The last of the Family Budgets in 1884

“Rained during the night and several showers until about eight o’clock this morning.  I went up town this morning.  After dinner, I took out the binder and commenced cutting a piece of barley for Will Holmes but a heavy shower about two o’clock stopped us and it rained nearly two hours.”


Of father $240
Of daughter, aged seventeen $340
Of son, aged fifteen $200

Total $780
CONDITION: Family numbers 5 - parents and three children, two boys, aged fifteen and seven, and a girl, aged seventeen. Live in a 4-room house, and pay $10 per month rent for the same. House is comfortable, but poorly furnished, and is in unhealthy location. Family attends church. Their expenditures exceed their income .

Breakfast—Meat, potatoes, bread, and coffee.
Dinner—Lunches .
Supper—Soup, bread, and meat.

Rent $120
Fuel $15
Meat and groceries $300
Clothing, boots and shoes, dry goods $120
Books, papers, etc. $5
Sickness $40
Sundries $250
Total $850

Monday, July 25, 2011

The Family Budget of an Italian Laborer in 1884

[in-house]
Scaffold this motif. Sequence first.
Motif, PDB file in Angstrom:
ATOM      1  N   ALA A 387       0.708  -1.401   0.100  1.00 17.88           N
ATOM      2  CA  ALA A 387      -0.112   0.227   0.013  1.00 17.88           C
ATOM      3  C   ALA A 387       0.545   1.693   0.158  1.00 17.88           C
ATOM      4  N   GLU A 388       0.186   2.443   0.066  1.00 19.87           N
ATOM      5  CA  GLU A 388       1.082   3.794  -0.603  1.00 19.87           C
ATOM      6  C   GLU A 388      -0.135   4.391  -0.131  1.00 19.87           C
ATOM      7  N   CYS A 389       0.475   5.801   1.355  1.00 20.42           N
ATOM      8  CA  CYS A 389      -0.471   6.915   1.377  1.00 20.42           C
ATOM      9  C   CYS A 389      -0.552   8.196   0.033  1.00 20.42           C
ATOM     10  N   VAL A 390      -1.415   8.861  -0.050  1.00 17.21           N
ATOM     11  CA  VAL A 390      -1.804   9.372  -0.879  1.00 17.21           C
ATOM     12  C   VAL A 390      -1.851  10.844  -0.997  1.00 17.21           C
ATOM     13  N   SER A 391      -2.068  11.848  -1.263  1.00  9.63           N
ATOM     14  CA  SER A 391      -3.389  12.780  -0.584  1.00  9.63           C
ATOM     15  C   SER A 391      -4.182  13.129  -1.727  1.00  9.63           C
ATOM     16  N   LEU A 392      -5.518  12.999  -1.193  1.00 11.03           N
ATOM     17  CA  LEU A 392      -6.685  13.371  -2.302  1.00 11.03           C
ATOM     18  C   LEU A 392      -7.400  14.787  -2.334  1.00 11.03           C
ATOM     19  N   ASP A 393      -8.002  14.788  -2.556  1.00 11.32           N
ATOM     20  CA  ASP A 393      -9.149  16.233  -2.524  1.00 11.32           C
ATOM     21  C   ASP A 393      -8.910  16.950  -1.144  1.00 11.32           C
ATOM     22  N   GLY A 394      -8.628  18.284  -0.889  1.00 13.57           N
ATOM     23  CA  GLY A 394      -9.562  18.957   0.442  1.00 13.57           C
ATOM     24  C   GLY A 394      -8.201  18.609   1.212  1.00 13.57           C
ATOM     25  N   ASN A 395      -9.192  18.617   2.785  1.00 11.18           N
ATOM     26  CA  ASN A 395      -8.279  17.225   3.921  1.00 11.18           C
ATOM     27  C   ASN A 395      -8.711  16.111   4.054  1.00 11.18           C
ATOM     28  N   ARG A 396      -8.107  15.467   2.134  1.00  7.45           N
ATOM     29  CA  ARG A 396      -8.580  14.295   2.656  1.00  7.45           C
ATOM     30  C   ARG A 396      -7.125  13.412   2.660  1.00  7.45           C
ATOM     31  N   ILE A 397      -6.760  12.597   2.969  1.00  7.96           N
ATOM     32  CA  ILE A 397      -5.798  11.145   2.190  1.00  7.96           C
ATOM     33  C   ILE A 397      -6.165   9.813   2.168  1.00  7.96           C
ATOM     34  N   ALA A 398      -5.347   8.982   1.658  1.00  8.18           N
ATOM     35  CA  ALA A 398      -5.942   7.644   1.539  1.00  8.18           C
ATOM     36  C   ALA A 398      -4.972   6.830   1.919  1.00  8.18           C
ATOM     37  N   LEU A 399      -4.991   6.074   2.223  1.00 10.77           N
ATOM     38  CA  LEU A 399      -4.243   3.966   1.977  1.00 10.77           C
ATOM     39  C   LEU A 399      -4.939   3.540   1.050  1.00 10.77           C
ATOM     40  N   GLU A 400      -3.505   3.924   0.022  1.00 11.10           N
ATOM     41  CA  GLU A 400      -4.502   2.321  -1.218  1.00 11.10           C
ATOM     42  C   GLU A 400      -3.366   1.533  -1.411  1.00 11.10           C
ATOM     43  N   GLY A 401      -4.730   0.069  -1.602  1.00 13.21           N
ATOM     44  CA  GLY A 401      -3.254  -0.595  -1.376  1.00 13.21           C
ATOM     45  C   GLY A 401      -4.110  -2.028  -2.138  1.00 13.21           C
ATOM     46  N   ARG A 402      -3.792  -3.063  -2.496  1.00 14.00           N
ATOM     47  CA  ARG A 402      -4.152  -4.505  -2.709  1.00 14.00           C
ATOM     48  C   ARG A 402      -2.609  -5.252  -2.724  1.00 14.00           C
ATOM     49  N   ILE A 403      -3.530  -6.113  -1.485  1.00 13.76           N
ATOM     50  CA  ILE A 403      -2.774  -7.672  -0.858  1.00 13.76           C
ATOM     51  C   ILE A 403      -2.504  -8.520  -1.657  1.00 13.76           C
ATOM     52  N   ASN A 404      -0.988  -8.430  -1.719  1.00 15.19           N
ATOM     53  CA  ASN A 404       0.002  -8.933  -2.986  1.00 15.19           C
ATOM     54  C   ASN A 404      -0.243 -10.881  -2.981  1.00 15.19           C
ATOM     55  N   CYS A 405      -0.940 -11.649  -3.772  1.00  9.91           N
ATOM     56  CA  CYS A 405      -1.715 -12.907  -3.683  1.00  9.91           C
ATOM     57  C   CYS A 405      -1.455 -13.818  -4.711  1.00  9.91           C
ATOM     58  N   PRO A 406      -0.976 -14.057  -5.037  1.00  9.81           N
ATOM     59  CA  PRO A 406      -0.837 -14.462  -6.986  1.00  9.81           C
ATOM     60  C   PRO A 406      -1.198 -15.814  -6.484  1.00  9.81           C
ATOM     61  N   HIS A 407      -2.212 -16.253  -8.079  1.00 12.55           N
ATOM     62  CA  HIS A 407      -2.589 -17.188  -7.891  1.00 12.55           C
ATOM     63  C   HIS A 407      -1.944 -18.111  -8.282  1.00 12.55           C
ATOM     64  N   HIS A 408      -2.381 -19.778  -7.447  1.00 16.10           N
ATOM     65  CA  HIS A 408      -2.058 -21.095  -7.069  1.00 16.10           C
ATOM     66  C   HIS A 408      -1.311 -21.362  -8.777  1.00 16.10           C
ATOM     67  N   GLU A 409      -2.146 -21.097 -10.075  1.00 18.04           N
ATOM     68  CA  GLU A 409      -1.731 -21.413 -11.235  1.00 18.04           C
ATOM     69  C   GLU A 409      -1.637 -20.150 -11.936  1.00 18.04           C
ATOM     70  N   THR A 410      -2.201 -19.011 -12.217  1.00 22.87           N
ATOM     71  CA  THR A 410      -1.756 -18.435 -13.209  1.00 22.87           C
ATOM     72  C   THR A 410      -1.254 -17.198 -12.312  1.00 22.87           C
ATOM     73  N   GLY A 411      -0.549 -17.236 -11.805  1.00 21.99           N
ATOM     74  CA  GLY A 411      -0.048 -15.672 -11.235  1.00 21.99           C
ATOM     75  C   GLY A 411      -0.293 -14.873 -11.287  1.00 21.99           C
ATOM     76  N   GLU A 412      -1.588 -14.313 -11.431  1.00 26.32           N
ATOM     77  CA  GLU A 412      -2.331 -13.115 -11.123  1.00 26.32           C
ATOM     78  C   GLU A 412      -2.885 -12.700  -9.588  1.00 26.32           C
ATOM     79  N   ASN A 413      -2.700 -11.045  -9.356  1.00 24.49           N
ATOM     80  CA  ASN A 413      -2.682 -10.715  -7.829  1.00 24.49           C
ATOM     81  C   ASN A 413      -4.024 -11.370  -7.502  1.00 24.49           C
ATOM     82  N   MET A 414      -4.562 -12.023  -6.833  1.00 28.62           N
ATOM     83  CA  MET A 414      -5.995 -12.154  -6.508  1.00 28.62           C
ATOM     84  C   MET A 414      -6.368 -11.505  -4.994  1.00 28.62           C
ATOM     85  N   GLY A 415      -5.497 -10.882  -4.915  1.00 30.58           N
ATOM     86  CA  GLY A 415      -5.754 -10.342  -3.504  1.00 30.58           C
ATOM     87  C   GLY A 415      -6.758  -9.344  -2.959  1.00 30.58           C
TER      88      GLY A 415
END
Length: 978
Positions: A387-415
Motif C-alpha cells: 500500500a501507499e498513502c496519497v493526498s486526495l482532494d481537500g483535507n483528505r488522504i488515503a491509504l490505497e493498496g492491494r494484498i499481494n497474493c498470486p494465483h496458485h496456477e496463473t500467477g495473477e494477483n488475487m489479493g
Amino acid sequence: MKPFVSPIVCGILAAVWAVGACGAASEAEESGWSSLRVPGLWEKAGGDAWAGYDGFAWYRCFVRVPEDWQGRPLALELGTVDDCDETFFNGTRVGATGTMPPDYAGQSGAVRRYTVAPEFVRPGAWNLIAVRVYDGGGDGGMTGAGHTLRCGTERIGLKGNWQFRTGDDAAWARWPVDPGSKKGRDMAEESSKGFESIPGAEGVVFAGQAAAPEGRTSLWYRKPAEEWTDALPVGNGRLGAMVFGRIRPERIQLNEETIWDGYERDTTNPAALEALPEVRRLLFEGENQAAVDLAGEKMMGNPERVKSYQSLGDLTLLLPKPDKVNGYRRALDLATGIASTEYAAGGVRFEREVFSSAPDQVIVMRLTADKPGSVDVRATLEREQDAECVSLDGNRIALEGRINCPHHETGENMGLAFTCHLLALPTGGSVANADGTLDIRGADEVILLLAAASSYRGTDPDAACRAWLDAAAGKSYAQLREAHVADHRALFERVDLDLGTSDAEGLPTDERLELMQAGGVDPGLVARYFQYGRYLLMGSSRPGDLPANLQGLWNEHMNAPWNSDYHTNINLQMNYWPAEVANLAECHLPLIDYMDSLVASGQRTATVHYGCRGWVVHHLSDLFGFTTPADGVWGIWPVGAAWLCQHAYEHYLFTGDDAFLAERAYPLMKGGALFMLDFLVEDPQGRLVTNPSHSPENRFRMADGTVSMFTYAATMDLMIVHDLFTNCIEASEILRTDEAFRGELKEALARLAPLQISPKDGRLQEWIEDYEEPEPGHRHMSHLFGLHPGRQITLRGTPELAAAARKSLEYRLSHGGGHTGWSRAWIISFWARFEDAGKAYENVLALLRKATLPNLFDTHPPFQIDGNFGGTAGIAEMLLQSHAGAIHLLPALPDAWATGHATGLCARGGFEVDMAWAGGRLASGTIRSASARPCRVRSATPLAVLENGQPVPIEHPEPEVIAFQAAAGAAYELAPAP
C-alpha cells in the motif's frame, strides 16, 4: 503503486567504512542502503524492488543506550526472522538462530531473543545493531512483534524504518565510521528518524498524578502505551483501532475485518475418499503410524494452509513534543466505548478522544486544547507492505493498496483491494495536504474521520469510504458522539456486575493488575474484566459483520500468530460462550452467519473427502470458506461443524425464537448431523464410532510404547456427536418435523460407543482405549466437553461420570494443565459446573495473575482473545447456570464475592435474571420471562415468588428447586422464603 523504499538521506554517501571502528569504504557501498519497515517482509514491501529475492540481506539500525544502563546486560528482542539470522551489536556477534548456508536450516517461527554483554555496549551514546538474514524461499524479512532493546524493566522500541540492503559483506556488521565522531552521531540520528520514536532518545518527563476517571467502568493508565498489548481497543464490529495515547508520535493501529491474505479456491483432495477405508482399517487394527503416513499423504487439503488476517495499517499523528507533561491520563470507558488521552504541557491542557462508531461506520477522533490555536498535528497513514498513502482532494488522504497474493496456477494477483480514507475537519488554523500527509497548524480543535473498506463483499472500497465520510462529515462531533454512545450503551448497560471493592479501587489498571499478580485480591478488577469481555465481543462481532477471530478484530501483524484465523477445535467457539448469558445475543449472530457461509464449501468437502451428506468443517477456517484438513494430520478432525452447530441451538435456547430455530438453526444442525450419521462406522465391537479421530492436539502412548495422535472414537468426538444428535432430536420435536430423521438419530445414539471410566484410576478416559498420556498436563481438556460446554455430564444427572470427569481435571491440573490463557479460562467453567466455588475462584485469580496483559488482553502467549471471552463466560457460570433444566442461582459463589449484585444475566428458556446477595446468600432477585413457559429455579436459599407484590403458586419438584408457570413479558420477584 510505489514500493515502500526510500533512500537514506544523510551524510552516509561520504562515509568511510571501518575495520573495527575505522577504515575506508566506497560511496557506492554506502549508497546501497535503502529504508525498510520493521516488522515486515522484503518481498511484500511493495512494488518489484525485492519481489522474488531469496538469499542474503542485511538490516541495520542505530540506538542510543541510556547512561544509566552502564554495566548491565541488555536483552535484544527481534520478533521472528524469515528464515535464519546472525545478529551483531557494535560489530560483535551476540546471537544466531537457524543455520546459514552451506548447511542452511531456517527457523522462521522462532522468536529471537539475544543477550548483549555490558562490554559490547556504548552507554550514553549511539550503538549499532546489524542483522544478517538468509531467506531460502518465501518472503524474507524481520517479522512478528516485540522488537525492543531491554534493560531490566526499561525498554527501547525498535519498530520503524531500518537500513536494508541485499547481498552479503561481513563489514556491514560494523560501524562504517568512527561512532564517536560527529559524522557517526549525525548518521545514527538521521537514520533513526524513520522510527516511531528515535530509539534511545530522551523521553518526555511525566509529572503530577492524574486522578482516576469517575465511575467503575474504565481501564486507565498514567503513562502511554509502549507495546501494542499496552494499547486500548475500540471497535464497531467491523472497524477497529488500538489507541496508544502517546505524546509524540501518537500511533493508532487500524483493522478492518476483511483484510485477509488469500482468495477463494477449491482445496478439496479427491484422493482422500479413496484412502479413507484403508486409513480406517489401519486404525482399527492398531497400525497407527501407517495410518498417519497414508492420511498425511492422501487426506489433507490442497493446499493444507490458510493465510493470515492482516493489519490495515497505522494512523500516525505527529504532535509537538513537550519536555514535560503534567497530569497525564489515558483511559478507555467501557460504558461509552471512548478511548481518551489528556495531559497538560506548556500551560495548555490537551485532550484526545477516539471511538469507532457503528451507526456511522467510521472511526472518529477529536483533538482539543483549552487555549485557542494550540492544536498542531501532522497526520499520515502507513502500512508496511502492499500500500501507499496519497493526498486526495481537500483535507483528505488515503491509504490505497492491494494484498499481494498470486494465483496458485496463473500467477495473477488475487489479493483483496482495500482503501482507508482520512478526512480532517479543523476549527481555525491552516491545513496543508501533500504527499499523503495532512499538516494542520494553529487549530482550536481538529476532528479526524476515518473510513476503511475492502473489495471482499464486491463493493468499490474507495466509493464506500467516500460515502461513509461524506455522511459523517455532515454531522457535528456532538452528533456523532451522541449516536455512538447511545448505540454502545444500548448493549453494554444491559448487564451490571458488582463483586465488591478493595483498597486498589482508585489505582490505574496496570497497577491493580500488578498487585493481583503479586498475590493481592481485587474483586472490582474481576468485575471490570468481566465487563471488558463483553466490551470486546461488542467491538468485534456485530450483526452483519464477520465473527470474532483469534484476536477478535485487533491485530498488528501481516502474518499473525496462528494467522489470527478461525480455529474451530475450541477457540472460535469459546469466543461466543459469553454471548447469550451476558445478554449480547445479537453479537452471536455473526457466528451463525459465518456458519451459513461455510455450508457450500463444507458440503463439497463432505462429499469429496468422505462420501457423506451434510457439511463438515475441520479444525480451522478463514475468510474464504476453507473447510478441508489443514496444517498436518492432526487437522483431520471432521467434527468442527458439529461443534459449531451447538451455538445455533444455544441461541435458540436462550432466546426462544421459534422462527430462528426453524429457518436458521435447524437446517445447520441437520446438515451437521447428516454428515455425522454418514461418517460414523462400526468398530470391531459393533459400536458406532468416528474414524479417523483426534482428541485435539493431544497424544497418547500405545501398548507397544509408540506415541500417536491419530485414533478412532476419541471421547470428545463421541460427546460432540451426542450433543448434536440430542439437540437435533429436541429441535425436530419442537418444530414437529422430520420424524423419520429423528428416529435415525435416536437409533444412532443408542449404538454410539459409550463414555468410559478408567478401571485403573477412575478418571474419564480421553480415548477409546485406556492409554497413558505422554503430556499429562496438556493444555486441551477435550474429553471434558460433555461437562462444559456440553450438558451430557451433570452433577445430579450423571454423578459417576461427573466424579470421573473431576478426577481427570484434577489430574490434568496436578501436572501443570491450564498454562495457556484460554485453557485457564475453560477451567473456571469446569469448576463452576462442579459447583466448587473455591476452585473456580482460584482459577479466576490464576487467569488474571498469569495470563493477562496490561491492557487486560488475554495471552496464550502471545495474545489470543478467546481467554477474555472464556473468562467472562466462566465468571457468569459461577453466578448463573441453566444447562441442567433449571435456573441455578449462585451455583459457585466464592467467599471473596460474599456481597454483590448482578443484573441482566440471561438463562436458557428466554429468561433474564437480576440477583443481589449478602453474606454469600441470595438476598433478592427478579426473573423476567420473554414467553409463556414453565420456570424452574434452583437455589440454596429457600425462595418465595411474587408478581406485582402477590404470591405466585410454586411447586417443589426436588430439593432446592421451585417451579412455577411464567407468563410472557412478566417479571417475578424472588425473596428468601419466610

“Helped Mr. Holmes in their wheat (Mike and I) and we finished drawing the bundles.  Has been very windy today.”


EARNINGS: Of father $270.00

CONDITION: Family numbers 5 - parents and three children, all boys, aged one, three, and five. Live in one room, for which they pay $4 per month rent. A very dirty and unhealthy place, everything perfectly filthy. There are about fifteen other families living in the same house. They buy the cheapest kind of meat from the neighboring slaughterhouses and the children pick up fuel on the streets and rotten eatables from the commission houses. Children do not attend school. They are all ignorant in the full sense of the word. Father could not write his name.

Breakfast—Coffee and bread.
Supper—Coffee and bread.

Rent $48
Fuel $5
Meat and groceries $100
Clothing, boots and shoes, and dry goods $15
Sickness $5
Total $173

Sunday, July 24, 2011

The Family Budget of an Irish Laborer's Family in 1884

“We built our wheat stack today.  Got is done about five o’clock and drew in three loads for Mr Holmes.  Has been a beautiful day and we have our wheat all in except the rakings.”